When we last left off with our four families, they were approaching the final week of our "One Small Change, Big Results Meal Time" challenge. Some families stuck exactly to the advice we gave, and some modified the guidance to better fit their family and their dinner time routine. So now that the challenge is over, what stuck and what did not? We asked our challengers to sum up what aspects of the family style plan they liked, and will keep, and areas where they still need to work on.
Across the board, the families stated that:
The kids all enjoyed having some control over what and how much they were eating at dinner. Whether it was having the responsibility of passing the bowl to the next person at the table, pouring themselves a glass of water or scooping the vegetables onto their plates, the participants commented over all their child(ren) enjoyed the process of being involved in dinner
Participants noticed an uptick in the amount of fruit and vegetables their children were willing to try. One participant noted that “my son would put a small scoop of everything at the table on their plate, even items I have noticed he normally would refuse.” While not all the participant’s children would eat full servings of the vegetables or fruits offered, they were willing to try.
Clean up and more dishes were a problem initially, but working the new style into their routine provided family help and extra time spent together.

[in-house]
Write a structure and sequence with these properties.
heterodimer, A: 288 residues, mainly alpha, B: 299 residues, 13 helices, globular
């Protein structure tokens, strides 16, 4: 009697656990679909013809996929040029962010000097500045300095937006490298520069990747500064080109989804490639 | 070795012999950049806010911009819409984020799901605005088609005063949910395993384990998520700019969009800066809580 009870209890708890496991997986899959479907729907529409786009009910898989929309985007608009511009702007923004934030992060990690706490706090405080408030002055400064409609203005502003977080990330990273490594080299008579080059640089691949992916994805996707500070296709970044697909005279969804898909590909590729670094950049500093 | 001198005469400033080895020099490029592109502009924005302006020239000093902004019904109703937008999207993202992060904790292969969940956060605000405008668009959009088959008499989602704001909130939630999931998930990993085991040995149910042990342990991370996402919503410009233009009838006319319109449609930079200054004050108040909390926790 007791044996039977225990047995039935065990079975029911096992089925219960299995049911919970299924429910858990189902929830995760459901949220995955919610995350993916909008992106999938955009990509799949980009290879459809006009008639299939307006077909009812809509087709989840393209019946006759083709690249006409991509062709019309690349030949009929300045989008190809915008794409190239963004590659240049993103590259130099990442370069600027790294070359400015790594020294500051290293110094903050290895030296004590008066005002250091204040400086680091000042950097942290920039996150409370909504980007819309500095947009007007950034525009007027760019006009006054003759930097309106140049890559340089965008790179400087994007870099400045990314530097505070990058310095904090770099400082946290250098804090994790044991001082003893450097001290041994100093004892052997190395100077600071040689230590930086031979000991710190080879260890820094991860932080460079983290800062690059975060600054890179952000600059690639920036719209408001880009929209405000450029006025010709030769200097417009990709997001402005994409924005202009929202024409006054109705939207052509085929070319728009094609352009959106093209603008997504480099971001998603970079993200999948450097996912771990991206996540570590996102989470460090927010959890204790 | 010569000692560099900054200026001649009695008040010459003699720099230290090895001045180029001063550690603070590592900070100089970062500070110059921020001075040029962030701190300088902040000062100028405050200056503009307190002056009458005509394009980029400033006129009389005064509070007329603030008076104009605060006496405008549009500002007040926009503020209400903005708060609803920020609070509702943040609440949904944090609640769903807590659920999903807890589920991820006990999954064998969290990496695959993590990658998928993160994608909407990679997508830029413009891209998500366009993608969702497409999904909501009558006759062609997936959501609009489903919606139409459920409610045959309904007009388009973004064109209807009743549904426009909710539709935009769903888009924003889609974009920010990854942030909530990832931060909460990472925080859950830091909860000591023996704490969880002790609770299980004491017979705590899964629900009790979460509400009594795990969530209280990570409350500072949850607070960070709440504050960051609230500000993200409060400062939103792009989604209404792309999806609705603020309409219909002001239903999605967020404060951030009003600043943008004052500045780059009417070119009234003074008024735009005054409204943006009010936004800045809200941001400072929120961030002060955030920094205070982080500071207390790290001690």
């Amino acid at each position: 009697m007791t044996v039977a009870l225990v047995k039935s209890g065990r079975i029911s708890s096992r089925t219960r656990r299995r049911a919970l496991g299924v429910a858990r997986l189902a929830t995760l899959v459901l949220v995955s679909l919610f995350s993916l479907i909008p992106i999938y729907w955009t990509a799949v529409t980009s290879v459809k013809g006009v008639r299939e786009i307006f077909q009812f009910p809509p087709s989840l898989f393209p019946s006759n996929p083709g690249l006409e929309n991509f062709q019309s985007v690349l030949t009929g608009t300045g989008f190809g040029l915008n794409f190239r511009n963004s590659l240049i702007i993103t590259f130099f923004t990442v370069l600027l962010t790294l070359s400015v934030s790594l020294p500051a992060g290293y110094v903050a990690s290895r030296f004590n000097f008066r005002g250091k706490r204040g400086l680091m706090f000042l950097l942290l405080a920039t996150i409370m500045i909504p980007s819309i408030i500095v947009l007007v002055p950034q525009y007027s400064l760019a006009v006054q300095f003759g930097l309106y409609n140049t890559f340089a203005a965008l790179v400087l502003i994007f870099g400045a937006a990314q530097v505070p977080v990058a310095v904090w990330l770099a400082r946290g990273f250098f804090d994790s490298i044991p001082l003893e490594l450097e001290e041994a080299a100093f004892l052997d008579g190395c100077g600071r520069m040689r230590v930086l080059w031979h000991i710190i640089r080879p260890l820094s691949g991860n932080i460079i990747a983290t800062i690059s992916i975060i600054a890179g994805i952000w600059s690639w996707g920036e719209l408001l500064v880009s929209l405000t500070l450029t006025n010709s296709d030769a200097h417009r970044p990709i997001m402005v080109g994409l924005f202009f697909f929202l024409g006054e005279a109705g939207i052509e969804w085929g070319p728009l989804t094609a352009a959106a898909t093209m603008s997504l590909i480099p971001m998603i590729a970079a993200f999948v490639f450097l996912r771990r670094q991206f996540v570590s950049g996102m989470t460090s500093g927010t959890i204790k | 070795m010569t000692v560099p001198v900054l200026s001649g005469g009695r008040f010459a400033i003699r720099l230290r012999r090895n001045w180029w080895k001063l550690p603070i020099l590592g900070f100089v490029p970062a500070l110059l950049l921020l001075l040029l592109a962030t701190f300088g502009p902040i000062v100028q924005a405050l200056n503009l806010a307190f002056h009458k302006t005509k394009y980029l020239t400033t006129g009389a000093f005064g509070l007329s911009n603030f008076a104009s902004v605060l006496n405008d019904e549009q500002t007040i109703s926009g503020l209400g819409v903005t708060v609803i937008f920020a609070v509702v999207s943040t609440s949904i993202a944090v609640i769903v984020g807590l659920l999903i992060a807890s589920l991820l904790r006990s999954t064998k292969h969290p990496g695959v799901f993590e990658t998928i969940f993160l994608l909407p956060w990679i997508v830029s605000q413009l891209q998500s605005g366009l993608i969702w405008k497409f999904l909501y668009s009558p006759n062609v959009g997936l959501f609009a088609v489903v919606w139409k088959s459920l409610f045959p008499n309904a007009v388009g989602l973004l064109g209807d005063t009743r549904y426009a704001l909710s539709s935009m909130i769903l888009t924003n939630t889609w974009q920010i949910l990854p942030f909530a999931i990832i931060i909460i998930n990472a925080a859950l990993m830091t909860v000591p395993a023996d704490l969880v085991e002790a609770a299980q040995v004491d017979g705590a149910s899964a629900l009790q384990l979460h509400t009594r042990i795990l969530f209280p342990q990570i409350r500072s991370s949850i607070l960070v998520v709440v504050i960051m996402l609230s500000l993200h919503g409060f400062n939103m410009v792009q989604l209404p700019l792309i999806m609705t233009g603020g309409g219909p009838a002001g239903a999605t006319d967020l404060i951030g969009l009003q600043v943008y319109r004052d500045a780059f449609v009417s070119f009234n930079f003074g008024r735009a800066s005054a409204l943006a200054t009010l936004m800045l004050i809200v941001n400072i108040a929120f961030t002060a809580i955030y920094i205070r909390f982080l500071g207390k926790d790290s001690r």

Some other interesting findings were:
“Dessert is no longer something that the kids will hold out for ever since we started serving it at the same time as dinner. The kids will now eat their portion, but are not begging for something sweet after the meal which was a pleasant surprise!”
“We talk a lot about what snacks my son will bring to school. I think he could cut a lot of it up on his own, but he's usually eating breakfast while I'm getting it ready. We talk a lot about what, how much and in which container. Not exactly the same as self-service, but I think he's highly involved and usually eats what we pick out. Mostly fruit, some crackers with guacamole, some carrots.”
“I think that family style eating is an effective way to teach my kids how to listen to their own bodies and fullness cues so they won’t have the same struggles (as my husband does with food now).”
Out of the four families we worked with for this challenge, all four mentioned that they would stick with some aspect of family style dining, and saw that overall they were having an easier dinner time with more time spent together as a family.